Electrical Engineering
      and Computer Sciences

Electrical Engineering and Computer Sciences

COLLEGE OF ENGINEERING

UC Berkeley

Striped Tape Arrays

Ann L. Drapeau and Randy H. Katz

EECS Department
University of California, Berkeley
Technical Report No. UCB/CSD-93-730
February 1993

http://www.eecs.berkeley.edu/Pubs/TechRpts/1993/CSD-93-730.pdf

A growing number of applications require high capacity, high throughput tertiary storage systems. We are investigating how data striping ideas apply to arrays of magnetic tape drives. Data striping increases throughput and reduces response time for large accesses to a storage system. Striped magnetic tape systems are particularly appealing because many inexpensive magnetic tape drives have low bandwidth; striping may offer dramatic performance improvements for these systems. There are several important issues in designing striped tape systems: the choice of tape drives and robots, whether to stripe within or between robots, and the choice of the best scheme for distributing data on cartridges. One of the most troublesome problems in striped tape arrays is the synchronization of transfers across tape drives. Another issue is how improved devices will affect the desirability of striping in the future. We present the results of simulations comparing the performance of striped tape systems to non-striped systems.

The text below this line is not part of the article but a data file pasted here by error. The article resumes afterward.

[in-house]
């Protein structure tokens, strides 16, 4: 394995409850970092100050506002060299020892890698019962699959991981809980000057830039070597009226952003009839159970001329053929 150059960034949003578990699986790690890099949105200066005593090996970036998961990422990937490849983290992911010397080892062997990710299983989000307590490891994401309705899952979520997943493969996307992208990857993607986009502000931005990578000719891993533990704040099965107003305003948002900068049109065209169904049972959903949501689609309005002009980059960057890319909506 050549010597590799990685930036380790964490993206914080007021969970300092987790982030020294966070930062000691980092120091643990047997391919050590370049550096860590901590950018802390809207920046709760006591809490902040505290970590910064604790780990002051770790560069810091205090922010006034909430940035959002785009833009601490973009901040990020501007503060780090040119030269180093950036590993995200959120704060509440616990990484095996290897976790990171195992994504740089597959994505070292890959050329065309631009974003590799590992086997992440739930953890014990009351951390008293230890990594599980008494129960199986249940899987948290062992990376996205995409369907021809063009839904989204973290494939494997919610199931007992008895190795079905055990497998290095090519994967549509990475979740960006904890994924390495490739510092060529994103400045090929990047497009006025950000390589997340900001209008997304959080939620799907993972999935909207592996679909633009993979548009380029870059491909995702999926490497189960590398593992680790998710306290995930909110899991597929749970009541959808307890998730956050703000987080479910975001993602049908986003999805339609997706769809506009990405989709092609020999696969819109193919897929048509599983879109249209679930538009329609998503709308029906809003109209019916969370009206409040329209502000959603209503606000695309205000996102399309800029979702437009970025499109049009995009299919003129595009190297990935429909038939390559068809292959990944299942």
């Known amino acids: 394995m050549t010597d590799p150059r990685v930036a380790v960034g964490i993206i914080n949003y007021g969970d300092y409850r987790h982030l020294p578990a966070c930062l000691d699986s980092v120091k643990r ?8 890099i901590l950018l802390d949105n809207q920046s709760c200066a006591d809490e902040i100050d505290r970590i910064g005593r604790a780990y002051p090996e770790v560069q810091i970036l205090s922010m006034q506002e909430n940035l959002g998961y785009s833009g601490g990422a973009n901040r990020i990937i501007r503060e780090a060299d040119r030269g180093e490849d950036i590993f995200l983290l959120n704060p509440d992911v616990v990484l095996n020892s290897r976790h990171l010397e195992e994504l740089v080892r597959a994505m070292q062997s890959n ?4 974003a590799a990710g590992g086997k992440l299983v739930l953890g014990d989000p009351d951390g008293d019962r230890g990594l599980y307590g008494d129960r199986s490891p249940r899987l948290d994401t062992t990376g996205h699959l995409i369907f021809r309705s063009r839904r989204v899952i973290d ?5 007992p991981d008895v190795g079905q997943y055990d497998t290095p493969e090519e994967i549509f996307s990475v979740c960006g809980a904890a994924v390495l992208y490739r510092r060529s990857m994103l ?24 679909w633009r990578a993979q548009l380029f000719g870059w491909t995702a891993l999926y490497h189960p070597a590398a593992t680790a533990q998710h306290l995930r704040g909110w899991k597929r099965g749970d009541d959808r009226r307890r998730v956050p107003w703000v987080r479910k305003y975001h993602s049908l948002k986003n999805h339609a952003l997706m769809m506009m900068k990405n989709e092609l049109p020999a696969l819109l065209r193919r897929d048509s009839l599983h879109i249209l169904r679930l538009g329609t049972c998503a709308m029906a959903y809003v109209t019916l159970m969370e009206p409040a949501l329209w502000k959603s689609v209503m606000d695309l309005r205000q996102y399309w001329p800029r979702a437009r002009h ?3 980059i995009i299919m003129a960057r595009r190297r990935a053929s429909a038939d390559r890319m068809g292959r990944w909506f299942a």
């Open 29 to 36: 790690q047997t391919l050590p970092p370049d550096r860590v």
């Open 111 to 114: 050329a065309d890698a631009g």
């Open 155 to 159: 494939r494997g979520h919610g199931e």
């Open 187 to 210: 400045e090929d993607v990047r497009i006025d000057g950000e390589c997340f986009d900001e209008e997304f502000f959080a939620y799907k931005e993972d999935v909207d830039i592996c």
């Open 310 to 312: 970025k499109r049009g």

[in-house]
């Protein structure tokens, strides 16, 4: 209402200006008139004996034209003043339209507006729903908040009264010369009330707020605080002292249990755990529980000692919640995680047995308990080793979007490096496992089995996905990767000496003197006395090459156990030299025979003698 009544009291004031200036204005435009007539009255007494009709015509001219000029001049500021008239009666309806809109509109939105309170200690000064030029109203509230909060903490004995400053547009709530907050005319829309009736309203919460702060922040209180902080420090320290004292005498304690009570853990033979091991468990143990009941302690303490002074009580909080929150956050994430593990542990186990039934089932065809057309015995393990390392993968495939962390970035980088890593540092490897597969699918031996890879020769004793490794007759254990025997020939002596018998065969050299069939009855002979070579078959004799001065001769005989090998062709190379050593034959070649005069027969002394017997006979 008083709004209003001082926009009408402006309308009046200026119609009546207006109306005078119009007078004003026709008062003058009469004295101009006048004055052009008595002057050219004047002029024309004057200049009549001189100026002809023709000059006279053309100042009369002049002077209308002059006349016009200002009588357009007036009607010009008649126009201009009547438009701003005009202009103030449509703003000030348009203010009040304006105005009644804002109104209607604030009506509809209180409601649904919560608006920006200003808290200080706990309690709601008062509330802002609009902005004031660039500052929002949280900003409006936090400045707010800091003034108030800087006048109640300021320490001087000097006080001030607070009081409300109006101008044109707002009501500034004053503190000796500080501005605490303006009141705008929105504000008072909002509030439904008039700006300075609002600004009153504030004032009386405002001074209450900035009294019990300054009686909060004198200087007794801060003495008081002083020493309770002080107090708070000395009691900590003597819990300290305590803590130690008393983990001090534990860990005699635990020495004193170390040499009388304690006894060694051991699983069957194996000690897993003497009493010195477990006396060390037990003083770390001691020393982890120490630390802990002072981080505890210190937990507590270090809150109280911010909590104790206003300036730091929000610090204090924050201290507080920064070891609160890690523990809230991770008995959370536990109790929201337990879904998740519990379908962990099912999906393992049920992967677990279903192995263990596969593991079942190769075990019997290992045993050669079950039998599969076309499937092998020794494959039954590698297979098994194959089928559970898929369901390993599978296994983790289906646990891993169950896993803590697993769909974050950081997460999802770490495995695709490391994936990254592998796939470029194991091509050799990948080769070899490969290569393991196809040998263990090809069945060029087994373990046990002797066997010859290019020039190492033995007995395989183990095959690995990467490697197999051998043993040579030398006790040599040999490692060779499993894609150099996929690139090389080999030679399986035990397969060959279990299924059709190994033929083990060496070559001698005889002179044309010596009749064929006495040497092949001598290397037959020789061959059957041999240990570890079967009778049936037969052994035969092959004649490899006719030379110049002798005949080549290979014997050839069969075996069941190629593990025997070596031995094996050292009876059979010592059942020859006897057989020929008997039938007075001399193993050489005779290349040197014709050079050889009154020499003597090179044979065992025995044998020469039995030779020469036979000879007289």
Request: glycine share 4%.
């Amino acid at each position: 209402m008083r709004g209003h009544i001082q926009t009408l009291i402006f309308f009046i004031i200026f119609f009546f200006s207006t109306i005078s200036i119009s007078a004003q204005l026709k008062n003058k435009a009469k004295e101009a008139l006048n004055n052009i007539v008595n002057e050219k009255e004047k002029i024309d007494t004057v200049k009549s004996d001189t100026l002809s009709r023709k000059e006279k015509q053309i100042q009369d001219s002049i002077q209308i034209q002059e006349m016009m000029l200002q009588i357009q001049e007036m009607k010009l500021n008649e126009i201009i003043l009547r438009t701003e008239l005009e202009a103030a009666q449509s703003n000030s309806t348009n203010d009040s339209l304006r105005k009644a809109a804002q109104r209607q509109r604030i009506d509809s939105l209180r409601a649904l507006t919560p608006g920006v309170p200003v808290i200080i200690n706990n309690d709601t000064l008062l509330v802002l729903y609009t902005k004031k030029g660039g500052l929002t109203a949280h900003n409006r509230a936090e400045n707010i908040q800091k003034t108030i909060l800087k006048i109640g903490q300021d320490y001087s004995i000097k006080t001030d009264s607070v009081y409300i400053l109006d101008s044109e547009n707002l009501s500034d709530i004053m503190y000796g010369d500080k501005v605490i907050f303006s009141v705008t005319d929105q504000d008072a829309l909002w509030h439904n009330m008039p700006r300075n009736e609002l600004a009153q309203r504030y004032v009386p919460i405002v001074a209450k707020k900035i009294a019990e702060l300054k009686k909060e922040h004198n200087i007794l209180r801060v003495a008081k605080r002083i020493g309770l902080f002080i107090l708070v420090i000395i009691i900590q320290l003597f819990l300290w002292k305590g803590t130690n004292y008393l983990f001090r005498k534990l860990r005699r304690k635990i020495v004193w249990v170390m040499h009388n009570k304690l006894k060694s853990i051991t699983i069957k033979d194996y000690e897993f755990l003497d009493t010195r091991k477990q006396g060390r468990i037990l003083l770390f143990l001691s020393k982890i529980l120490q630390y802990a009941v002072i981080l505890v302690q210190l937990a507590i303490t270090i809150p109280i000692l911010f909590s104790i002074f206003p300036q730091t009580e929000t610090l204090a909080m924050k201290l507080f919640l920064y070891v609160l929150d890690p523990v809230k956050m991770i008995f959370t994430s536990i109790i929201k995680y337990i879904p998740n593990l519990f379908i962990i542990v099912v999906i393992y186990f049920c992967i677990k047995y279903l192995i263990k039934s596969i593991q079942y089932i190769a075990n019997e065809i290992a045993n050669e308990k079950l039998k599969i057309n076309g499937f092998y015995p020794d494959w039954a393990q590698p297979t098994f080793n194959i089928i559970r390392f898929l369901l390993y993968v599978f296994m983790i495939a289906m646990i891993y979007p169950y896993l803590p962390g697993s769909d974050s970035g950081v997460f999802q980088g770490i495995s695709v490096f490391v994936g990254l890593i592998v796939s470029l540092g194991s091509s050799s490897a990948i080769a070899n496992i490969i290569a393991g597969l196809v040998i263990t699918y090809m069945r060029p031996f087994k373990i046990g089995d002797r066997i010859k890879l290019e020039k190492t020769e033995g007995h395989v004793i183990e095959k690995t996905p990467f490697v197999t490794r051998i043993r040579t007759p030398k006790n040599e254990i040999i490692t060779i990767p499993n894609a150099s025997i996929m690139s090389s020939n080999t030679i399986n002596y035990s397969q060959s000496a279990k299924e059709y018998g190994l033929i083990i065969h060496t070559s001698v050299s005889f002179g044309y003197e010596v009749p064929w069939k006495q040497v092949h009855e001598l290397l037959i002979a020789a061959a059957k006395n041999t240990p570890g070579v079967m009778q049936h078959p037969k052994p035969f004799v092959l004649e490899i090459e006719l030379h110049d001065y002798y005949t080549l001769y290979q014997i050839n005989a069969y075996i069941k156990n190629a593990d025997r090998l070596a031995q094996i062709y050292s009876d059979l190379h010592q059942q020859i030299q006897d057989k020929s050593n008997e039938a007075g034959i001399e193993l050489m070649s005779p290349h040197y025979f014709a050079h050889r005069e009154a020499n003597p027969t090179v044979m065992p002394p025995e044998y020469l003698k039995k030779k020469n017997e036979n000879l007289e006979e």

BibTeX citation:

@techreport{Drapeau:CSD-93-730,
    Author = {Drapeau, Ann L. and Katz, Randy H.},
    Title = {Striped Tape Arrays},
    Institution = {EECS Department, University of California, Berkeley},
    Year = {1993},
    Month = {Feb},
    URL = {http://www.eecs.berkeley.edu/Pubs/TechRpts/1993/6030.html},
    Number = {UCB/CSD-93-730},
    Abstract = {A growing number of applications require high capacity, high throughput tertiary storage systems. We are investigating how data striping ideas apply to arrays of magnetic tape drives. Data striping increases throughput and reduces response time for large accesses to a storage system. Striped magnetic tape systems are particularly appealing because many inexpensive magnetic tape drives have low bandwidth; striping may offer dramatic performance improvements for these systems. There are several important issues in designing striped tape systems: the choice of tape drives and robots, whether to stripe within or between robots, and the choice of the best scheme for distributing data on cartridges. One of the most troublesome problems in striped tape arrays is the synchronization of transfers across tape drives. Another issue is how improved devices will affect the desirability of striping in the future. We present the results of simulations comparing the performance of striped tape systems to non-striped systems.}
}

EndNote citation:

%0 Report
%A Drapeau, Ann L.
%A Katz, Randy H.
%T Striped Tape Arrays
%I EECS Department, University of California, Berkeley
%D 1993
%@ UCB/CSD-93-730
%U http://www.eecs.berkeley.edu/Pubs/TechRpts/1993/6030.html
%F Drapeau:CSD-93-730